If you have an ingrown toenail and it’s red or sensitive to touch, it’s vital to seek treatment. Without intervention, the nail might become infected, increasing your risk of gangrene. At Alpine Foot & Ankle, double board-certified podiatrist and foot and ankle surgeon Scott Shelton, DPM, specializes in treating ingrown toenails. After an exam and discussing your symptoms, he can make recommendations to help you feel better. To make an appointment, call the office in Highland, Utah, or book online today.

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What is an ingrown toenail?

An ingrown toenail occurs when your nail grows into the soft skin around your nail bed instead of away from your toe. As the nail grows into your skin, it causes redness, swelling, and sensitivity.

Ingrown toenails usually improve on their own, but if you have poor circulation, it’s crucial to seek treatment. Health problems like diabetes or peripheral artery disease (PAD) may increase your risk of more serious complications, like gangrene or the need for amputation.

What are the symptoms of an ingrown toenail?

Symptoms of an ingrown toenail include:

  • Pain
  • Tenderness
  • Redness
  • Inflamed skin
  • Swelling

As the nail grows farther into your skin, it might also bleed or ooze pus.

When should I see a foot and ankle surgeon about an ingrown toenail?

Make an appointment with Dr. Shelton at Alpine Foot & Ankle if you have an ingrown toenail and it’s painful or sensitive to touch. That’s especially true if you have an underlying health problem, like diabetes, or your symptoms affect your ability to work or exercise.

Who is at risk of experiencing an ingrown toenail?

Certain factors may increase your risk of experiencing an ingrown toenail, including:

  • Being a child or an adolescent
  • Having sweaty feet
  • Having diabetes
  • Injuring a toenail
  • Nail infections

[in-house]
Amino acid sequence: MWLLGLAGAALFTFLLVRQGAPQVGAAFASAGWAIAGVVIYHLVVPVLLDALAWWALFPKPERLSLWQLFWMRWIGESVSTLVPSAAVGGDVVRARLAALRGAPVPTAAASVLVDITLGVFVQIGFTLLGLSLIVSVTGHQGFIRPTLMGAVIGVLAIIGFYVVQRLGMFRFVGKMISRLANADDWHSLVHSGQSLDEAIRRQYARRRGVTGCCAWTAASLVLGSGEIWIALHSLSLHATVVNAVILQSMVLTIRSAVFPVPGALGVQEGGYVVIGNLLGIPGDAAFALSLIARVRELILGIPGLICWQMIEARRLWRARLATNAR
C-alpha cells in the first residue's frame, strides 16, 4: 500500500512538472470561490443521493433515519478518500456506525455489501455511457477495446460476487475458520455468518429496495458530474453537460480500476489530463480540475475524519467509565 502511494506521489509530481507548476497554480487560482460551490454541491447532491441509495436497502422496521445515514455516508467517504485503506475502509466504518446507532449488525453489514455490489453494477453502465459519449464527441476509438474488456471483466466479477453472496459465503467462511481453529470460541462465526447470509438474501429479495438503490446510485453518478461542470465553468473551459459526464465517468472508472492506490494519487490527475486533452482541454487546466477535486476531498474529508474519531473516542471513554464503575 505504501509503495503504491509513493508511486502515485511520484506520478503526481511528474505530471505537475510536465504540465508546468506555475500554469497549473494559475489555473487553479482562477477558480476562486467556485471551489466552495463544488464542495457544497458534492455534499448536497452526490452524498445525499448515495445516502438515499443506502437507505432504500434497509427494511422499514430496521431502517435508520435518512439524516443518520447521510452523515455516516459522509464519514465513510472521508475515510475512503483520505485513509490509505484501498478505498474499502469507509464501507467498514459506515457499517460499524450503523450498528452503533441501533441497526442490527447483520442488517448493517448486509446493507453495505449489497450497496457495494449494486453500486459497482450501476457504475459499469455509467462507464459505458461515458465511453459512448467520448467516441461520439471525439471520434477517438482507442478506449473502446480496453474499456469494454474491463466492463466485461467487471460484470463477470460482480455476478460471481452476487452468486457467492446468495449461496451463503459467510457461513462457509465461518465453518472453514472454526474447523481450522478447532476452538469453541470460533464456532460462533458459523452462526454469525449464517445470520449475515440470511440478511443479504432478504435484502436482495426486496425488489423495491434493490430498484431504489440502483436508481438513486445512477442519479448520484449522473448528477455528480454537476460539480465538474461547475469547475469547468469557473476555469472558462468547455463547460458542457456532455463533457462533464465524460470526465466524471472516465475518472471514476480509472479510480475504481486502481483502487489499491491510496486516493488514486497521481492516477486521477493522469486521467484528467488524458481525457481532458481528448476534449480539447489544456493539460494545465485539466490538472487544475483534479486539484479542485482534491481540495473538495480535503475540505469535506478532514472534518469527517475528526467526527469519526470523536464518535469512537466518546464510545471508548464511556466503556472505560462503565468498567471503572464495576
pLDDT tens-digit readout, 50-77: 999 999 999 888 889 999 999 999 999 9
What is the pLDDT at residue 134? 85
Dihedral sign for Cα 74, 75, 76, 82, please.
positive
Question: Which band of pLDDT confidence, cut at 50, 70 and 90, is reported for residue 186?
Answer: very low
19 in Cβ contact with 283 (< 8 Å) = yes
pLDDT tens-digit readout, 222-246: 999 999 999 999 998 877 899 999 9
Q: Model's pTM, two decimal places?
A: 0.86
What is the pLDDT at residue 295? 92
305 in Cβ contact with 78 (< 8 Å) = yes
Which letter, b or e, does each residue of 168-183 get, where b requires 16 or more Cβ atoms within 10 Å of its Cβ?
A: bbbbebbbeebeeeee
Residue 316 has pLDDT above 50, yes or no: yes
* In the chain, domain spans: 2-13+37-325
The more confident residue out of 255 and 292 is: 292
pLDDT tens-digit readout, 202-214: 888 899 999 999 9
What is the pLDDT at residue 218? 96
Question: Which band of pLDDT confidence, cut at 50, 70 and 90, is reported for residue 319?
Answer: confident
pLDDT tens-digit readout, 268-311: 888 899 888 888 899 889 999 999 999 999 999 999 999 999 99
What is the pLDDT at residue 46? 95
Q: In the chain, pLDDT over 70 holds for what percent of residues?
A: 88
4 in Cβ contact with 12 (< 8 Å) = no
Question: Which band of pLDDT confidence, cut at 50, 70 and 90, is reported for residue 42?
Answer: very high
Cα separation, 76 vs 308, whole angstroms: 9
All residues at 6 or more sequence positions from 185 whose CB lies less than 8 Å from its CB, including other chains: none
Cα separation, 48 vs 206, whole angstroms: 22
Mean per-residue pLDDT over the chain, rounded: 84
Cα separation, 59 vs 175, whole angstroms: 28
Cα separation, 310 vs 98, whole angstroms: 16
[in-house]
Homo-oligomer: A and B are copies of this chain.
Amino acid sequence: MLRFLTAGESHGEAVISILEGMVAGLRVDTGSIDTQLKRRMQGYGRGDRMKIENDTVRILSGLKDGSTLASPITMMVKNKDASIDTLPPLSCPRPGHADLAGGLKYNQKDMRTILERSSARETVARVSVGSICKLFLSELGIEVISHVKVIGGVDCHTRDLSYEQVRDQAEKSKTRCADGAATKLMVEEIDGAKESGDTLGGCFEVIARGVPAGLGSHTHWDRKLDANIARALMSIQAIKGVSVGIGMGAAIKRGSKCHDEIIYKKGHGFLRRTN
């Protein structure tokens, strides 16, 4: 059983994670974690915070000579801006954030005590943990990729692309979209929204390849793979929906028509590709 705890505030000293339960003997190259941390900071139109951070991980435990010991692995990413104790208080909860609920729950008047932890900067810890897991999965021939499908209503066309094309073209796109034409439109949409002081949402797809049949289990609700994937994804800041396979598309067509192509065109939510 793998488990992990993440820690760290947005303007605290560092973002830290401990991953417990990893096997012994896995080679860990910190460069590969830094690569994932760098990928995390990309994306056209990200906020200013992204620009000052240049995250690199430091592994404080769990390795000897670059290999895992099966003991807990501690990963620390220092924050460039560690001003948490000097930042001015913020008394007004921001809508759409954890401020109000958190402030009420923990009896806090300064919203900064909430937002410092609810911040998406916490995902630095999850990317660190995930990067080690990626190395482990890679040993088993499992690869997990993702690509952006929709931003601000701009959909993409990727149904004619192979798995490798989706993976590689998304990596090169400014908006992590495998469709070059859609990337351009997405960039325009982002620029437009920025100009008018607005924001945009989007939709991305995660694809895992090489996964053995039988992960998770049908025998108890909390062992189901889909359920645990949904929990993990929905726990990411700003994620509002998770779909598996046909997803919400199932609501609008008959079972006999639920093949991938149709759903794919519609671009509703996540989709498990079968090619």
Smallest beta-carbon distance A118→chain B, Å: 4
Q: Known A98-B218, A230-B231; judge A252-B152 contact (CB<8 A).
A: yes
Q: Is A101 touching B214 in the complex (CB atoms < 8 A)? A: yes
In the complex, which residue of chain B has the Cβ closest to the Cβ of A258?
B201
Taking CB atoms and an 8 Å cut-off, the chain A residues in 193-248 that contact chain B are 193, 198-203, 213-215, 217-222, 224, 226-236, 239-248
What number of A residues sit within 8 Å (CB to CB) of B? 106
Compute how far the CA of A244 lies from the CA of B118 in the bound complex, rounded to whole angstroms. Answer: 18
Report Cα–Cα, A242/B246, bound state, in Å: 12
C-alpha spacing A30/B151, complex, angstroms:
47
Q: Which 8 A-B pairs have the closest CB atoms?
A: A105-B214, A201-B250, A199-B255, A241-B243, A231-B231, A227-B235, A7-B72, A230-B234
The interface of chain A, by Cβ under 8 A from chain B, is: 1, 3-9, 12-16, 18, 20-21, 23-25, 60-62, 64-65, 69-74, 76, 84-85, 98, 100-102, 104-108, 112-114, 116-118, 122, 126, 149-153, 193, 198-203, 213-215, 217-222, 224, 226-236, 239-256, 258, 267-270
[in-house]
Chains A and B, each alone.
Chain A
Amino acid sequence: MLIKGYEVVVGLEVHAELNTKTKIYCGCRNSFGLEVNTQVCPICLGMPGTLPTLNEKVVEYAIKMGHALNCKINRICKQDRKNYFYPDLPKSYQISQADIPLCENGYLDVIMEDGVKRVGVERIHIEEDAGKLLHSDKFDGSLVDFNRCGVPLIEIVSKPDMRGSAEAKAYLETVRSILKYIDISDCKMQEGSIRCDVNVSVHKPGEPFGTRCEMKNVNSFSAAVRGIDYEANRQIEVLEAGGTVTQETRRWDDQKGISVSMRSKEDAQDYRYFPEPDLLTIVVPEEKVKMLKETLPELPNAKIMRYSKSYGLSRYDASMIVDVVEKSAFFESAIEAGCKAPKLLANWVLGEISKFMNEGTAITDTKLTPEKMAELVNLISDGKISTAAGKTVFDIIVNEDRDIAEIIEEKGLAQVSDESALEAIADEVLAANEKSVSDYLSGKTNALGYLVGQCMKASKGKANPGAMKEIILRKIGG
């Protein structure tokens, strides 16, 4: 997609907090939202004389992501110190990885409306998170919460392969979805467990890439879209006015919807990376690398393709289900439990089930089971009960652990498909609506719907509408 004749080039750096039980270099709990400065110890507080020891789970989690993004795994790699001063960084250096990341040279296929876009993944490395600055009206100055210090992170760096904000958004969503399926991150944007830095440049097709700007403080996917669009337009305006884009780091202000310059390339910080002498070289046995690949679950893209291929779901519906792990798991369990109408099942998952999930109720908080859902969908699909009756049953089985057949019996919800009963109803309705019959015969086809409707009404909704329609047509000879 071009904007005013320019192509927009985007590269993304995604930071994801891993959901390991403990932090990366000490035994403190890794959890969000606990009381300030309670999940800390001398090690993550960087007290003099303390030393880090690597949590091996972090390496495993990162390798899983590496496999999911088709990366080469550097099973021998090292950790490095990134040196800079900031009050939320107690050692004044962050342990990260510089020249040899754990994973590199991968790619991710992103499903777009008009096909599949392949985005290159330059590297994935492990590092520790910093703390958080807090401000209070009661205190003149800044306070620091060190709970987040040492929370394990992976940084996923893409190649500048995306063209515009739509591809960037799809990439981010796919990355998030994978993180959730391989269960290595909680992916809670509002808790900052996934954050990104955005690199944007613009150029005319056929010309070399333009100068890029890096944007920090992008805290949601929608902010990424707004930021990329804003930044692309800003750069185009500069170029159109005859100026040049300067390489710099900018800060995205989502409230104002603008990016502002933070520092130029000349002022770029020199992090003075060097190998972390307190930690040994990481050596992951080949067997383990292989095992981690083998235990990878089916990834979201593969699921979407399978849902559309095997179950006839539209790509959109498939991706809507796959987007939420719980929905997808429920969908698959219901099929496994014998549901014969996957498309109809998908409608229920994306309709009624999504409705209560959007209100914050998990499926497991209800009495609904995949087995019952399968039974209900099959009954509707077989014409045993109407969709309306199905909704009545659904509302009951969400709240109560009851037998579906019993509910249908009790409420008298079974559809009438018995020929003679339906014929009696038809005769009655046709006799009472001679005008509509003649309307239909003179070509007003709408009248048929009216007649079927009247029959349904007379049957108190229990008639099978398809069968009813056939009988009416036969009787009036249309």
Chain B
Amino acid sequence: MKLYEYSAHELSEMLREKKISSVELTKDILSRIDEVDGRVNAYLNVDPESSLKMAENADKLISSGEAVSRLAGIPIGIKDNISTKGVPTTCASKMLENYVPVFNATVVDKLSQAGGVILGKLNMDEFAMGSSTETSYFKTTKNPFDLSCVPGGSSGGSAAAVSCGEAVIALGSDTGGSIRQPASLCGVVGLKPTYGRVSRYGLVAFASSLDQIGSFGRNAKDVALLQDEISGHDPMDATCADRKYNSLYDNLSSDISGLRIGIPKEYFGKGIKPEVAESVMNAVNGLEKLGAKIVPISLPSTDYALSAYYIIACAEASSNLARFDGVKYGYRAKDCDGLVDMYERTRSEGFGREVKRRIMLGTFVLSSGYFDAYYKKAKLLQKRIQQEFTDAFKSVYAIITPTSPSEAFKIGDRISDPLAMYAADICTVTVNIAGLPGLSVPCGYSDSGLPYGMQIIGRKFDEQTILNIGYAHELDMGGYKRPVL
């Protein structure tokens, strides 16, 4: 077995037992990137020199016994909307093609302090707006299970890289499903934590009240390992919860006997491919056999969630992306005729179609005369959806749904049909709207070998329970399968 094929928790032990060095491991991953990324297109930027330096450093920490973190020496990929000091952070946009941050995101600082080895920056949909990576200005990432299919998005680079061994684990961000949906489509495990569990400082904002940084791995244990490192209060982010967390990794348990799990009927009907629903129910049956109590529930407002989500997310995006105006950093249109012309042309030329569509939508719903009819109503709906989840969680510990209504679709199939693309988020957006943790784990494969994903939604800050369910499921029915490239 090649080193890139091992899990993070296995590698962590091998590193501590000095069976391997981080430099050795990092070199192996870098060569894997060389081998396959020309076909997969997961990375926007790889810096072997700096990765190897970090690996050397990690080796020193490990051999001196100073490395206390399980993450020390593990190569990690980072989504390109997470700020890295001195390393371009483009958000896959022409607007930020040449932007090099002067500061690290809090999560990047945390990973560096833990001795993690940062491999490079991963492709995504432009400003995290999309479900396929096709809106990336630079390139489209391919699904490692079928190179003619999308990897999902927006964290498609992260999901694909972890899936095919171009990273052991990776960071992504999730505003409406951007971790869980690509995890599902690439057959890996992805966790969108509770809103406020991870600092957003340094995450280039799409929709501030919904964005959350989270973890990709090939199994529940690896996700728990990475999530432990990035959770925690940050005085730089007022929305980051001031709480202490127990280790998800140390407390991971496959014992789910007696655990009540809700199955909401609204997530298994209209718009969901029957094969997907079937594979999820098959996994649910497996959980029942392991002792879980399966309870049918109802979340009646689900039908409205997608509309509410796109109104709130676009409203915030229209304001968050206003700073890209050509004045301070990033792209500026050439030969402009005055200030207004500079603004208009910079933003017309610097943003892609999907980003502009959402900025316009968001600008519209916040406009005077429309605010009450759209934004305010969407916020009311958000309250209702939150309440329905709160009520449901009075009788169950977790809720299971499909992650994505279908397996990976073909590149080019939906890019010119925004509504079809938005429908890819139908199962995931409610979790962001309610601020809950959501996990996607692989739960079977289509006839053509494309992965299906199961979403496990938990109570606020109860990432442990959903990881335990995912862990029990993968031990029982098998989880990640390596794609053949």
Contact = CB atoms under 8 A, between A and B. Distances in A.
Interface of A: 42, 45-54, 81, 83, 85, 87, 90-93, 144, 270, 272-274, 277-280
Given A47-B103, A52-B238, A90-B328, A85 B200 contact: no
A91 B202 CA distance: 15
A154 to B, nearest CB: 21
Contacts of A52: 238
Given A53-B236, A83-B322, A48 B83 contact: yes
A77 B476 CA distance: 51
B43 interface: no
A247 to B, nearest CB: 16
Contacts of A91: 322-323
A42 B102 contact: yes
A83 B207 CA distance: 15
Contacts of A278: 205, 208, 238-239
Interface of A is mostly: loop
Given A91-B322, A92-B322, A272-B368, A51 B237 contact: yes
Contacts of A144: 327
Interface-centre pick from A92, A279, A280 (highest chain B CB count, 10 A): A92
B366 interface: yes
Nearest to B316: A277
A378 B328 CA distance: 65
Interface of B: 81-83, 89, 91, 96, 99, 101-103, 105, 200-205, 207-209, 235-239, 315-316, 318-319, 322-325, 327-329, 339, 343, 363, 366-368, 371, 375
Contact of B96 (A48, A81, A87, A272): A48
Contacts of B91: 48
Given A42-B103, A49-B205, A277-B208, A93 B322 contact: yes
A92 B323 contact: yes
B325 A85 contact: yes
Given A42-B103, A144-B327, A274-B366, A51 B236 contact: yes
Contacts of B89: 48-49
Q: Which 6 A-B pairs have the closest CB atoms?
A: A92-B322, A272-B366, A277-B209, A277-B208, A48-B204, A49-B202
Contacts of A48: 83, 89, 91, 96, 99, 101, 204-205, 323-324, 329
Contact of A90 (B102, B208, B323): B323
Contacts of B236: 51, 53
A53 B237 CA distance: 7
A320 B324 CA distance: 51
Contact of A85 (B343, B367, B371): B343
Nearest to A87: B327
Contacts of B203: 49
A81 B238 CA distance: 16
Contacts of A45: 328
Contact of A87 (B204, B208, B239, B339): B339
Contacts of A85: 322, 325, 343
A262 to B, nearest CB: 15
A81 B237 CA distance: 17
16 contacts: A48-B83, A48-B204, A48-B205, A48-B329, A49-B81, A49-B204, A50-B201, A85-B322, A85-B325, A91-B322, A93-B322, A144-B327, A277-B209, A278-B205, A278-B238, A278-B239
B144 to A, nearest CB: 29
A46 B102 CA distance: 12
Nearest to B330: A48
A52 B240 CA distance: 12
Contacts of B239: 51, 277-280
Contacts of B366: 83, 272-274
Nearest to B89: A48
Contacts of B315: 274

• Wearing shoes that squeeze your toes together

You might also experience an ingrown toenail if you cut your nails at an angle instead of straight across.

How is an ingrown toenail diagnosed?

At Alpine Foot & Ankle, Dr. Shelton diagnoses ingrown toenails during an in-office visit.

Dr. Shelton reviews your medical records and asks about your toenail, including when you first noticed that it was ingrown and if it responds to at-home treatments, like soaking your foot in warm water or wearing comfortable shoes with a wide toe box.

Next, Dr. Shelton examines your toe and toenail, looking for redness and swelling. He gently presses on your toe and carefully moves it back and forth to assess its flexibility and range of motion.

Most ingrown nails are visible, but Dr. Shelton might also order X-rays or a CT scan to see how far the nail grows into your skin.

How is an ingrown toenail treated?

At Alpine Foot & Ankle, Dr. Shelton provides several types of same-day treatment for ingrown toenails that provide highly successful results. After an exam and a discussion of your symptoms, he might recommend:

  • Lifting the nail so it grows away from your toe
  • Taping your skin so your nail grows away from it
  • Placing a gutter splint under your nail to keep it above your skin
  • Partially removing the nail

If you experience ingrown toenails regularly, and they affect your mobility or quality of life, Dr. Shelton might recommend removing the nail completely.

To learn more about the treatment options for an ingrown toenail, make an appointment at Alpine Foot & Ankle by calling the office or booking online today.